RACING record-breaker AP McCoy has praised the work of a pioneering charity after retired riders from Yorkshire swept the board at the 20th anniversary celebrations of Jets – the Jockeys’ Employment and Training Scheme.
The awards, which honour the memory and legacy of Richard Davis, who had inspired the charity before being killed in a fall in 1996, saw television presenter and jockeys’ agent Niall Hannity win the achievement award, and £3,000 top prize, while IT product manager Michael Naughton and physiotherapist Annabelle Armitage each received £500 as joint runners-up.
The progress award – and a cheque for £2,000 – went to former Scottish National- winning jockey Keith Mercer, who is currently in the third year of an accountancy and finance degree course at Teesside University.
Even though McCoy joked at the presentation at Cheltenham Racecourse about “retiring from retiring” after he made the momentous decision to quit jump racing following a 20th successive championship in April, he stressed the importance of Jets in helping riders of all abilities forge new careers.
“You need to look forward and realise retirement happens to everyone,” said McCoy, who was a close friend of Davis. “You can’t keep going on forever in professional sport.
“Over the years jockeys have come to appreciate how lucky they are to have a service like Jets.
“With the guidance, advice and financial support they offer for training, it means jockeys can plan ahead and have every opportunity to make a smooth transition into a new career once they stop riding.”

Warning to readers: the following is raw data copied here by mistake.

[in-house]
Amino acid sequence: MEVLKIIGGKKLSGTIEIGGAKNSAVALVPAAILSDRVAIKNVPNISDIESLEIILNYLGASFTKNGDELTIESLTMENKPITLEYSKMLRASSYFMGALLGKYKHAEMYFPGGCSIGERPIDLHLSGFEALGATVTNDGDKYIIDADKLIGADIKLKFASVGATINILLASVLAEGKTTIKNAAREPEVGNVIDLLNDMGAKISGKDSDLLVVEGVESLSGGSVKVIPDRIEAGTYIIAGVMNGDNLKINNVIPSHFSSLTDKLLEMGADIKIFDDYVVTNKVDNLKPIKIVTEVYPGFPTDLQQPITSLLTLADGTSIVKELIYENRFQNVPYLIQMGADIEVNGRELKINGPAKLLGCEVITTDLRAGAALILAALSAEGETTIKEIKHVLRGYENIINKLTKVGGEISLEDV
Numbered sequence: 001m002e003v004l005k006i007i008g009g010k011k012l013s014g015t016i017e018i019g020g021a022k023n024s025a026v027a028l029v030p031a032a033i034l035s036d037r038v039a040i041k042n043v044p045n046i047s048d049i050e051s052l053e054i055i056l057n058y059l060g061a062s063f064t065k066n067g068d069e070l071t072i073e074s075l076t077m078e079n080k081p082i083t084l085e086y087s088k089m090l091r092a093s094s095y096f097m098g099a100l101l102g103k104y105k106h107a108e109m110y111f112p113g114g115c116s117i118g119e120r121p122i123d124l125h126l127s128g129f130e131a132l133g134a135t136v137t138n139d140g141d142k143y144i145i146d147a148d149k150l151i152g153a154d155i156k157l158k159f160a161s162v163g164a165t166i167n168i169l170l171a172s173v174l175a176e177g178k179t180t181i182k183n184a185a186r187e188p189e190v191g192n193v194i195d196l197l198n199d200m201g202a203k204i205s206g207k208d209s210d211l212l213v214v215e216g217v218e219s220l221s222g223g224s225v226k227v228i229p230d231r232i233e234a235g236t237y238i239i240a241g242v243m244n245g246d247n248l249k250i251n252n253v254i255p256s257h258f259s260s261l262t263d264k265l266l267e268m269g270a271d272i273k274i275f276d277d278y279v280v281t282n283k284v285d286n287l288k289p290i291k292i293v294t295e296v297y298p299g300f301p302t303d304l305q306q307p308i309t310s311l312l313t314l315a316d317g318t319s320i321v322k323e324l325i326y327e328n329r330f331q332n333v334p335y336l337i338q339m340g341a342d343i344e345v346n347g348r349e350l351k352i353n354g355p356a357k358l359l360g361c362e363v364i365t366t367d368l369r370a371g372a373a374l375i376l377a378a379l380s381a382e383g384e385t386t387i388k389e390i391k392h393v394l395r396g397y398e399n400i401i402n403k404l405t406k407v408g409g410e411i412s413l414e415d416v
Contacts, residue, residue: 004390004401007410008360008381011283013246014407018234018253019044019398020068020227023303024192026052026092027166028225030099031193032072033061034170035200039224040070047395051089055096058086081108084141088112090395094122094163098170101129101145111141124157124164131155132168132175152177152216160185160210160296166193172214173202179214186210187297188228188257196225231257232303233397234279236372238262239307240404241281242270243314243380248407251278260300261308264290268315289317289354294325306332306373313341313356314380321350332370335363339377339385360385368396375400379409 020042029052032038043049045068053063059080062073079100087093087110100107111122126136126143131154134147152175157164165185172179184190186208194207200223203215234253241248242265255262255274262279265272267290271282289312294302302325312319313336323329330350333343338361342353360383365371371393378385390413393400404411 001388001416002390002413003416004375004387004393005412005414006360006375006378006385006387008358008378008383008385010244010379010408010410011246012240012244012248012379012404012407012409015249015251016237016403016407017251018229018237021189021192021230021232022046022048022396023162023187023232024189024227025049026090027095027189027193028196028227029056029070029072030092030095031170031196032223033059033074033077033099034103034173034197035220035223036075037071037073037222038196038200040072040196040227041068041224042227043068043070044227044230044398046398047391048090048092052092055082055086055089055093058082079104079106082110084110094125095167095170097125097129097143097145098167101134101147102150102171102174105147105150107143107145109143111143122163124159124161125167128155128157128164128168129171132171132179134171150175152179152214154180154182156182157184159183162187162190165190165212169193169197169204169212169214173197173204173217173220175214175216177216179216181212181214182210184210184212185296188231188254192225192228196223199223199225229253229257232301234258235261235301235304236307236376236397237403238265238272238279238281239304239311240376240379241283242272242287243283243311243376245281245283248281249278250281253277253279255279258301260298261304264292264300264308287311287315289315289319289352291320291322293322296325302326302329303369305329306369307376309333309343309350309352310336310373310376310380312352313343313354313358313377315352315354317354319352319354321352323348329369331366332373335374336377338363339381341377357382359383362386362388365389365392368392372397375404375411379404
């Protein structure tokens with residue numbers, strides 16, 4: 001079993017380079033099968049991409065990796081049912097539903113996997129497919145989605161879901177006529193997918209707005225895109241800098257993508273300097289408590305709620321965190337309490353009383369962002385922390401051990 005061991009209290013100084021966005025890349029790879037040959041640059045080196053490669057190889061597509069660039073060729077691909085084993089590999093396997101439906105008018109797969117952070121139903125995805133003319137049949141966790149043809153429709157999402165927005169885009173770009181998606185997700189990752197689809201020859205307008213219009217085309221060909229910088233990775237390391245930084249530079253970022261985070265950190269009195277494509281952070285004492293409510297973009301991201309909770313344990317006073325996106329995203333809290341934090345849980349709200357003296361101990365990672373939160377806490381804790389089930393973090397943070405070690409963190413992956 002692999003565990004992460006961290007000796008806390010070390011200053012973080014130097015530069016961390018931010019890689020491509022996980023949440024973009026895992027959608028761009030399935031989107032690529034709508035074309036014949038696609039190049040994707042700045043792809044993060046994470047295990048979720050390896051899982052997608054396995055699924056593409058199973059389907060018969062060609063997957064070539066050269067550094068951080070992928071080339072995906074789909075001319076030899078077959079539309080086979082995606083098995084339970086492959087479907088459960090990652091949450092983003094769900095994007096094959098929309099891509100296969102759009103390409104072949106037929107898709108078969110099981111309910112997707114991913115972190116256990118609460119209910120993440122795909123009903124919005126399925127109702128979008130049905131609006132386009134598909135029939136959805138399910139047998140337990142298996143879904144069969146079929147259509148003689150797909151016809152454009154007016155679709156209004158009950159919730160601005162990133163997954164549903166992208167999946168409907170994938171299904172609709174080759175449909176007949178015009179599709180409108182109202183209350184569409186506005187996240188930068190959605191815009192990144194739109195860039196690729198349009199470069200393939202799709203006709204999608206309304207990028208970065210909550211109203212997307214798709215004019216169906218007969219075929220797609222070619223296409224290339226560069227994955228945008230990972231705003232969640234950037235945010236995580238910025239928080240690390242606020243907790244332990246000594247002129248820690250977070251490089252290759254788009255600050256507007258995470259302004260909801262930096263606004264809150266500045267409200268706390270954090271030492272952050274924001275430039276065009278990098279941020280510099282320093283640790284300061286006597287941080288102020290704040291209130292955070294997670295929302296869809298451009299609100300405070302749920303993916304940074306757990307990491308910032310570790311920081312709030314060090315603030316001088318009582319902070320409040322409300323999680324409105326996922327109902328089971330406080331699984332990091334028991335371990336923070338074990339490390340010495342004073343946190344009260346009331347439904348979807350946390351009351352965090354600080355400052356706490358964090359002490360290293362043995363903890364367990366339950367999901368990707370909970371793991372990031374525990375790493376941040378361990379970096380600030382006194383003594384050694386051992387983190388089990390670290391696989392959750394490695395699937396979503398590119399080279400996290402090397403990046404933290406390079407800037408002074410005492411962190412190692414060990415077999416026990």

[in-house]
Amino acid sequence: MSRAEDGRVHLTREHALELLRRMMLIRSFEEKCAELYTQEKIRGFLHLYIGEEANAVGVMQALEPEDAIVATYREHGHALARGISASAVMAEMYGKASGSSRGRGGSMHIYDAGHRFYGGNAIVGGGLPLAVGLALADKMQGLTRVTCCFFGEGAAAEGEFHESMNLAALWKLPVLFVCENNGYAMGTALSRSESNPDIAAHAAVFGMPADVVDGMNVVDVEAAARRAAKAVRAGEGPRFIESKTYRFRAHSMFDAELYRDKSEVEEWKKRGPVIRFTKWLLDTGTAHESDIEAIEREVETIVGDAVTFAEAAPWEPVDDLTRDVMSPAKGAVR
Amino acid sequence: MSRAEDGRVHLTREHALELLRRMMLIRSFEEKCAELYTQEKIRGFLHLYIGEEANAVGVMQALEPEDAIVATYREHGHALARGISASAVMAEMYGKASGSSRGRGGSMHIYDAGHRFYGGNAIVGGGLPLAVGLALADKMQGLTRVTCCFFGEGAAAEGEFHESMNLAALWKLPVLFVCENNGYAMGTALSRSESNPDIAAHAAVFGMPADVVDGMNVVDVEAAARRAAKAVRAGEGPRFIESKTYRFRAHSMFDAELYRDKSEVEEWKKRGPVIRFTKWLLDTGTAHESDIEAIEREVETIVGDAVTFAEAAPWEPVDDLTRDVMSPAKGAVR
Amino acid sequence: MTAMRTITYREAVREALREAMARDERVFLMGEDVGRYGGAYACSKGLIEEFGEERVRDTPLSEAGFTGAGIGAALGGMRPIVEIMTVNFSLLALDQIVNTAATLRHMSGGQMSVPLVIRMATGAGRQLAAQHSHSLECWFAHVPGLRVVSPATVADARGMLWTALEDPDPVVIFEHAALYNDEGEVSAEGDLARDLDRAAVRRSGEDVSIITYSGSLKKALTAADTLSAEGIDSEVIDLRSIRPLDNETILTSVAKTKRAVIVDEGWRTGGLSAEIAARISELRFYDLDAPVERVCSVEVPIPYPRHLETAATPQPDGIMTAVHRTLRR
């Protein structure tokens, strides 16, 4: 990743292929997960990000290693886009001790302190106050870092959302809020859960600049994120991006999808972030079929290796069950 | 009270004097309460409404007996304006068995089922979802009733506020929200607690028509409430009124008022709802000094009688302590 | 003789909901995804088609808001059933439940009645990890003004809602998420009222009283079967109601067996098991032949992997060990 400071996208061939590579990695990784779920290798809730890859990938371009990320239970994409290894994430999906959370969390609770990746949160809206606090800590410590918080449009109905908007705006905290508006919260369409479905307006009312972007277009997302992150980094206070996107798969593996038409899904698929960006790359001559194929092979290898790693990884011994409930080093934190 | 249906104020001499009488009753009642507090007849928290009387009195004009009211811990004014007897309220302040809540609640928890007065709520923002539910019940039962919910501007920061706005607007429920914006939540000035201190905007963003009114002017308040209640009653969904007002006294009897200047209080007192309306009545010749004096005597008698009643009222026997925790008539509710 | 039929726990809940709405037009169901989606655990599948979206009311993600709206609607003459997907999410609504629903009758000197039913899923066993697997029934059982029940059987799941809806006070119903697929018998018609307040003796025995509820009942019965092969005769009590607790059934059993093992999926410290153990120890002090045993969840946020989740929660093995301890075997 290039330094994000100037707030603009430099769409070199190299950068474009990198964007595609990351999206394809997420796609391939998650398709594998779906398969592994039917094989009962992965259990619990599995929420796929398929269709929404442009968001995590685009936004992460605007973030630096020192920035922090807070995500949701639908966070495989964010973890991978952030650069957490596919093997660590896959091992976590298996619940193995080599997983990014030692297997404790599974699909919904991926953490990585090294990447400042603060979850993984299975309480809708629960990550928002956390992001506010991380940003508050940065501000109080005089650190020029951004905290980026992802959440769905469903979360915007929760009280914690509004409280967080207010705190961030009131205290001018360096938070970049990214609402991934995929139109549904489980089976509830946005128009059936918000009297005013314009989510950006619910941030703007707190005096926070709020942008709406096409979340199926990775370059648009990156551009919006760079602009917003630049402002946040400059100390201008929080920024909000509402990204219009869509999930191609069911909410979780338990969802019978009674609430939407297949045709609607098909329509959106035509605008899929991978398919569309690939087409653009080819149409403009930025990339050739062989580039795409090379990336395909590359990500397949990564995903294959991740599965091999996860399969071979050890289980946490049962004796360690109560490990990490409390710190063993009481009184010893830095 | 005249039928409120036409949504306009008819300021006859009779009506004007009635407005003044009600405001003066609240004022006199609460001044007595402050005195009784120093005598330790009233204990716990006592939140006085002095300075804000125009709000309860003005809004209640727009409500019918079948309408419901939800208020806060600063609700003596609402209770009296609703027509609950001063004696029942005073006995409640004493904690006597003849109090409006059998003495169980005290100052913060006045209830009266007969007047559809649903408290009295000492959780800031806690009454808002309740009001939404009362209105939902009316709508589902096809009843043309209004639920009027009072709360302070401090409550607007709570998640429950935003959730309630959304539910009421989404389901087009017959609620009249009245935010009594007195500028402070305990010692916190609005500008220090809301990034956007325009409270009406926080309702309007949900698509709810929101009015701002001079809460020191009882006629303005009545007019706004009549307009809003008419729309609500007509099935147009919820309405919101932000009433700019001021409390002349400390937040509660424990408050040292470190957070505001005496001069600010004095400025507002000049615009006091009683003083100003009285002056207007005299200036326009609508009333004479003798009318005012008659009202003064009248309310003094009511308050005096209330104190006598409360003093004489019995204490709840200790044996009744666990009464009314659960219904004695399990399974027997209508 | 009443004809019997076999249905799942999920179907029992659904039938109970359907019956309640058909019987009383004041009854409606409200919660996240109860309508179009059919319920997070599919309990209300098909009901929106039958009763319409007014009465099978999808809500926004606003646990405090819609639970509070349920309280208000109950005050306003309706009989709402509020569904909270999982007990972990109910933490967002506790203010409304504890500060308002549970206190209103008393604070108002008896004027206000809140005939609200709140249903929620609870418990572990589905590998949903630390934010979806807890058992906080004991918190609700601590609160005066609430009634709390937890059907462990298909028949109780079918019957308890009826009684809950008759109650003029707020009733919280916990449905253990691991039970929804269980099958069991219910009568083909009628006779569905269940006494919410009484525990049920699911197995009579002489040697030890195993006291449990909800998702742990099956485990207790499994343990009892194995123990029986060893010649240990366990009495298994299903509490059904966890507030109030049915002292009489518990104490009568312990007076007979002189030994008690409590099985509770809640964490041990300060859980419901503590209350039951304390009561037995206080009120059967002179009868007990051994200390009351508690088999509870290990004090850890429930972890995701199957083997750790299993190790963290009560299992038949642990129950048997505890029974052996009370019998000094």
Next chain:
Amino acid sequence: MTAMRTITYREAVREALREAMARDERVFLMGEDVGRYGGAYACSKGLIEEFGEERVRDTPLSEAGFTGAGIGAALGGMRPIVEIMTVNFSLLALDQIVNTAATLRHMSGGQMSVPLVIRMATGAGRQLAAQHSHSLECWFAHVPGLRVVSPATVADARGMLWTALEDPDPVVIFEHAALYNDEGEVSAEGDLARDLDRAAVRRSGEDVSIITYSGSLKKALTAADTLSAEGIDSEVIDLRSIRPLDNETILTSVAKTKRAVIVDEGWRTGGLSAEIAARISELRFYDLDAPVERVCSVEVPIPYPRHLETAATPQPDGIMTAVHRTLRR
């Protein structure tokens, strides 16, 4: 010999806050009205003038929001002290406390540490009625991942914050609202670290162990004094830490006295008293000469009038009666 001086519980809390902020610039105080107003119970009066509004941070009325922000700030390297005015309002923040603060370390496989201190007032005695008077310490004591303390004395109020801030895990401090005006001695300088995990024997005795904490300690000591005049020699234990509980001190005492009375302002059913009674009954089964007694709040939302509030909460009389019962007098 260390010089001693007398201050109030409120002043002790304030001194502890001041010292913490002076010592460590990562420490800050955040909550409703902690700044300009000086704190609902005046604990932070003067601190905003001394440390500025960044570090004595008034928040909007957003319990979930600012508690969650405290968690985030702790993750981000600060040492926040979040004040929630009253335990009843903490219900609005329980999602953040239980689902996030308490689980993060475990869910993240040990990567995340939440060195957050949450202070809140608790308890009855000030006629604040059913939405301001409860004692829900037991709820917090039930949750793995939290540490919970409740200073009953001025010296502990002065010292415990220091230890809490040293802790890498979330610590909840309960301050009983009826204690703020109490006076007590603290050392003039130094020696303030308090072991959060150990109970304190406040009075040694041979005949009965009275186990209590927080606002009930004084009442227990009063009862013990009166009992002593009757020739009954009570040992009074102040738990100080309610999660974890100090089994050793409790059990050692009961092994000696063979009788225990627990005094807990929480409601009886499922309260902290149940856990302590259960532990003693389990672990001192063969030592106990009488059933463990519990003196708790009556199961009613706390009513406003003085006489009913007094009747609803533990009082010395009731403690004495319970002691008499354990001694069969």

An offshoot of the Injured Jockeys Fund, Jets has provided careers advice to more than 900 current and former riders.
It hands out training grants and scholarships worth £80,000 a year and has just appointed Phil Kinsella, who previously rode for Malcolm Jefferson and Keith Reveley among others, to co-ordinate and promote its work in the north.
Both Hannity and Mercer rode for former West Witton trainer Ferdy Murphy.
Hannity, who rode around 100 winners over nine years, was determined to stay involved with racing. He is now a respected broadcaster with satellite channel Racing UK while also acting as an agent to several top Flat riders, including Joe Fanning.
He also sits on an industry panel that is looking to promote jump racing in the north.
“To win this prestigious award means an awful lot,” he said. “I think as time goes on since retiring from the saddle, you appreciate just how important Jets is for jockeys, as it can be quite a scary and lonely time when you stop riding.
“I’m so lucky to have found employment in my hobby and this is down in no small part to Jets.”
His views were shared by Mercer whose 195 career wins were headlined by his 2005 Scottish National success on Joes Edge, and a Grade One win at the Punchestown festival on Carlys Quest, before a catalogue of injuries claimed his career in 2012 – the scars on his right hand are testament to racing’s toll.
“I thought I would be able to walk straight into something else, and I was wrong,” he said.
“I looked at various options before deciding that I wanted to become an accountant.
“Without Jets, it would not have been possible to pursue a second career.”
Paul Nicholls expects Silviniaco Conti to be primed for action as he shoots for a third success in the Betfair Chase at Haydock on Saturday.
The nine-year-old landed the race in 2012 and 2014 and is a short-priced favourite to complete the treble.
He claimed a second successive King George VI Chase win following last year’s Haydock verdict, but again disappointed in the Cheltenham Gold Cup before bouncing back to form with a Grade One win at Aintree.
Returned to hurdles for his comeback this term, the Dom Alco gelding finished second to Brother Tedd at Kempton earlier this month and Nicholls believes that was the perfect springboard for the Grade One on Merseyside.
“He was not far forwards enough to run in the Charlie Hall Chase at Wetherby last month, but he has improved enormously for the run and that is that best thing we ever, did running him at Kempton,” said Nicholls.